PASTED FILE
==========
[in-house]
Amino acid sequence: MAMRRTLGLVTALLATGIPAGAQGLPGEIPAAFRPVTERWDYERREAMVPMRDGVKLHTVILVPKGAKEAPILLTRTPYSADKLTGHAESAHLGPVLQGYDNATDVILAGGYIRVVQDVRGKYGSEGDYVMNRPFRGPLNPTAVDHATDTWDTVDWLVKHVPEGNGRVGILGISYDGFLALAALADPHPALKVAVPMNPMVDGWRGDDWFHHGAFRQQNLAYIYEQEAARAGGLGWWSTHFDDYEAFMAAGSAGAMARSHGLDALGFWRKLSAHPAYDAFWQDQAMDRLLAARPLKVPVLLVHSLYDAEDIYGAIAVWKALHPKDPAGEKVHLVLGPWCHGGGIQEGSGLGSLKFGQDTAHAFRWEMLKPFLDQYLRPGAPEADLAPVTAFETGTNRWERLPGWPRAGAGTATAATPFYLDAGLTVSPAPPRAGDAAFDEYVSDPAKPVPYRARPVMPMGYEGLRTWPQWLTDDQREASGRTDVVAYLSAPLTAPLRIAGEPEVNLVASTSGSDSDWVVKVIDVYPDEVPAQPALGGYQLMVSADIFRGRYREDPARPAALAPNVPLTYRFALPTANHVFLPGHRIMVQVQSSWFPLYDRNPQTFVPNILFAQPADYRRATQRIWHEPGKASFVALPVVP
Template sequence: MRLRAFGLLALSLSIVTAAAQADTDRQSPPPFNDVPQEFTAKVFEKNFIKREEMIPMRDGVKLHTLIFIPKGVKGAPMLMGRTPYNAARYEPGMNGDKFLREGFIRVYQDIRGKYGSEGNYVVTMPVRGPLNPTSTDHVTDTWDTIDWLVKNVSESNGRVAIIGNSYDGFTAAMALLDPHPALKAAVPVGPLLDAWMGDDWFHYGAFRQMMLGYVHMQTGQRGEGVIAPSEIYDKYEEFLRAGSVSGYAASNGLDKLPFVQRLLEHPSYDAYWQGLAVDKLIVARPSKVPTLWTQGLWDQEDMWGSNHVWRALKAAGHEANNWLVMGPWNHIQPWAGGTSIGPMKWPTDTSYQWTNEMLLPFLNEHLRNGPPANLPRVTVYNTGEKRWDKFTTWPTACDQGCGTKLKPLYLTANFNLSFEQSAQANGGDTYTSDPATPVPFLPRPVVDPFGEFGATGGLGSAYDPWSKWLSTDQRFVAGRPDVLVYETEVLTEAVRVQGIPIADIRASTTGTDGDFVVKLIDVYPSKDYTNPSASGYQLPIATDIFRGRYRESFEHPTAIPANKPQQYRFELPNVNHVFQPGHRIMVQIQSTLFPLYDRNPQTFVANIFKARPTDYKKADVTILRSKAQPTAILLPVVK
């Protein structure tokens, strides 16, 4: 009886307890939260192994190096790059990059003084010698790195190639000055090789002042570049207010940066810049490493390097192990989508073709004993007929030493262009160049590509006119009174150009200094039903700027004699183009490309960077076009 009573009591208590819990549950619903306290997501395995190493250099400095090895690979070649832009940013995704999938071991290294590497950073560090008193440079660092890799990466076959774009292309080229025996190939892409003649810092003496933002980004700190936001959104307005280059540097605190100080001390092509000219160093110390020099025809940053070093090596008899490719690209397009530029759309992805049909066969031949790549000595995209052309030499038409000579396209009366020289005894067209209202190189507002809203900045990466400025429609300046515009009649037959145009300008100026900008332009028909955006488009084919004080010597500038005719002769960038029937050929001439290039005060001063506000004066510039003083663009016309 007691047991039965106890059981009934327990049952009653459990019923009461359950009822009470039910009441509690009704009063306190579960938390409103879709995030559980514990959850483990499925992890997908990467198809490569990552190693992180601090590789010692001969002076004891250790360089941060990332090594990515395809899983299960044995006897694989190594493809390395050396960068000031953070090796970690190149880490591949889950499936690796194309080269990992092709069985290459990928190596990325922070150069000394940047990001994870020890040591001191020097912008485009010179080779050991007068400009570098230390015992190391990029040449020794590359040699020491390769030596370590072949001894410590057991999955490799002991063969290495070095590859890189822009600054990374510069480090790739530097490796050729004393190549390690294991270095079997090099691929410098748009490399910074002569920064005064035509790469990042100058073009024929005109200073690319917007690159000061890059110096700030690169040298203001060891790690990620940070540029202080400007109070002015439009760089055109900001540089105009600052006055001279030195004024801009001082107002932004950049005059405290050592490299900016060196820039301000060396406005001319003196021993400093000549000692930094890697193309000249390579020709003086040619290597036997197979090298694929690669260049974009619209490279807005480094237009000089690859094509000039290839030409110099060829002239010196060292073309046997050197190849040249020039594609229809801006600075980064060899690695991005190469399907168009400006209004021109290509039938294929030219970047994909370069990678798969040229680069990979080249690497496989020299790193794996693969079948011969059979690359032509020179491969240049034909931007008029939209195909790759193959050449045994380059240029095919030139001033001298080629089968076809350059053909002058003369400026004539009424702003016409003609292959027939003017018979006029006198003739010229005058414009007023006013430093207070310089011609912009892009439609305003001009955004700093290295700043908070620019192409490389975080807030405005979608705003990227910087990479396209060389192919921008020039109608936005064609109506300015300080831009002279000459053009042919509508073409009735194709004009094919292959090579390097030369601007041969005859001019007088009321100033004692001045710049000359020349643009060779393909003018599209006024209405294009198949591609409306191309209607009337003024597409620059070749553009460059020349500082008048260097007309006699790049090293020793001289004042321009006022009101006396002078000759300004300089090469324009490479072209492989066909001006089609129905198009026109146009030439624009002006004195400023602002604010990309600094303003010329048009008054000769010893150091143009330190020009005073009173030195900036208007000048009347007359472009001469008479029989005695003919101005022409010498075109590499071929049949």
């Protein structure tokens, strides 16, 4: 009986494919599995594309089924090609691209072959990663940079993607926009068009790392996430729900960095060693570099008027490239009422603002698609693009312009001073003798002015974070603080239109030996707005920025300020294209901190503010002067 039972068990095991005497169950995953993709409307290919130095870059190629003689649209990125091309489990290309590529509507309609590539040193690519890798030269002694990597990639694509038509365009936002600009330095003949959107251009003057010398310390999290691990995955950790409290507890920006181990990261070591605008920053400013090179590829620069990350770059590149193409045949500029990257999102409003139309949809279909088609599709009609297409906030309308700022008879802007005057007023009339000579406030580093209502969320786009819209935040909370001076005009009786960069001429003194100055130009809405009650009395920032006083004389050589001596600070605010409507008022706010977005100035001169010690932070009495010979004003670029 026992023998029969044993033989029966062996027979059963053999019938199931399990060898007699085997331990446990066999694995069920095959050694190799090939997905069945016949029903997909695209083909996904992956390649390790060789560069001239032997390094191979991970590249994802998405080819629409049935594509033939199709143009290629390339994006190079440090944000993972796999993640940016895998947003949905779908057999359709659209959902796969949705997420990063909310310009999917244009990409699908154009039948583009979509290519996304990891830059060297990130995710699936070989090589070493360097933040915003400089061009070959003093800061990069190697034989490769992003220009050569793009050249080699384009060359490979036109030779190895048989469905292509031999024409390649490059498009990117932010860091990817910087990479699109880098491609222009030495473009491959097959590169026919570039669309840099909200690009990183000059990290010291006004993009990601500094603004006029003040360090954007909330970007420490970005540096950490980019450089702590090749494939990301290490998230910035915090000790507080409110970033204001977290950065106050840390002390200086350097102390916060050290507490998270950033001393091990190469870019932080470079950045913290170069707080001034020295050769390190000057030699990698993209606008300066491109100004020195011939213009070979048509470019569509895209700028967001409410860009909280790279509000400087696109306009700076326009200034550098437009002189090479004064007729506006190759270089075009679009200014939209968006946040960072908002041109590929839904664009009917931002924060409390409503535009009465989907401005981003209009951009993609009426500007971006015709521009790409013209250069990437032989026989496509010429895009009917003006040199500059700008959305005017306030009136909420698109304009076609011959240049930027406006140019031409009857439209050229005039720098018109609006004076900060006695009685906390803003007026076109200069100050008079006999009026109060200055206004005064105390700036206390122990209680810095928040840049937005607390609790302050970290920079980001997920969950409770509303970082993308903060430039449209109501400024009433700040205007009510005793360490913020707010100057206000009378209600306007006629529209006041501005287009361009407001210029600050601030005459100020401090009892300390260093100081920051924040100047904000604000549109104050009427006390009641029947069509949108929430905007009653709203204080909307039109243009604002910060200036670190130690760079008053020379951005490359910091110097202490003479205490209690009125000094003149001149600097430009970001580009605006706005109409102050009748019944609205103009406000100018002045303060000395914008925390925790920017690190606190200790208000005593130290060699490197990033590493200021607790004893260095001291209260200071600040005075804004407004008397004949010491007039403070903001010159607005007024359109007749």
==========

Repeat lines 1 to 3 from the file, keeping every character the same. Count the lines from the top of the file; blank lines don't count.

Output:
[in-house]
Amino acid sequence: MAMRRTLGLVTALLATGIPAGAQGLPGEIPAAFRPVTERWDYERREAMVPMRDGVKLHTVILVPKGAKEAPILLTRTPYSADKLTGHAESAHLGPVLQGYDNATDVILAGGYIRVVQDVRGKYGSEGDYVMNRPFRGPLNPTAVDHATDTWDTVDWLVKHVPEGNGRVGILGISYDGFLALAALADPHPALKVAVPMNPMVDGWRGDDWFHHGAFRQQNLAYIYEQEAARAGGLGWWSTHFDDYEAFMAAGSAGAMARSHGLDALGFWRKLSAHPAYDAFWQDQAMDRLLAARPLKVPVLLVHSLYDAEDIYGAIAVWKALHPKDPAGEKVHLVLGPWCHGGGIQEGSGLGSLKFGQDTAHAFRWEMLKPFLDQYLRPGAPEADLAPVTAFETGTNRWERLPGWPRAGAGTATAATPFYLDAGLTVSPAPPRAGDAAFDEYVSDPAKPVPYRARPVMPMGYEGLRTWPQWLTDDQREASGRTDVVAYLSAPLTAPLRIAGEPEVNLVASTSGSDSDWVVKVIDVYPDEVPAQPALGGYQLMVSADIFRGRYREDPARPAALAPNVPLTYRFALPTANHVFLPGHRIMVQVQSSWFPLYDRNPQTFVPNILFAQPADYRRATQRIWHEPGKASFVALPVVP
Template sequence: MRLRAFGLLALSLSIVTAAAQADTDRQSPPPFNDVPQEFTAKVFEKNFIKREEMIPMRDGVKLHTLIFIPKGVKGAPMLMGRTPYNAARYEPGMNGDKFLREGFIRVYQDIRGKYGSEGNYVVTMPVRGPLNPTSTDHVTDTWDTIDWLVKNVSESNGRVAIIGNSYDGFTAAMALLDPHPALKAAVPVGPLLDAWMGDDWFHYGAFRQMMLGYVHMQTGQRGEGVIAPSEIYDKYEEFLRAGSVSGYAASNGLDKLPFVQRLLEHPSYDAYWQGLAVDKLIVARPSKVPTLWTQGLWDQEDMWGSNHVWRALKAAGHEANNWLVMGPWNHIQPWAGGTSIGPMKWPTDTSYQWTNEMLLPFLNEHLRNGPPANLPRVTVYNTGEKRWDKFTTWPTACDQGCGTKLKPLYLTANFNLSFEQSAQANGGDTYTSDPATPVPFLPRPVVDPFGEFGATGGLGSAYDPWSKWLSTDQRFVAGRPDVLVYETEVLTEAVRVQGIPIADIRASTTGTDGDFVVKLIDVYPSKDYTNPSASGYQLPIATDIFRGRYRESFEHPTAIPANKPQQYRFELPNVNHVFQPGHRIMVQIQSTLFPLYDRNPQTFVANIFKARPTDYKKADVTILRSKAQPTAILLPVVK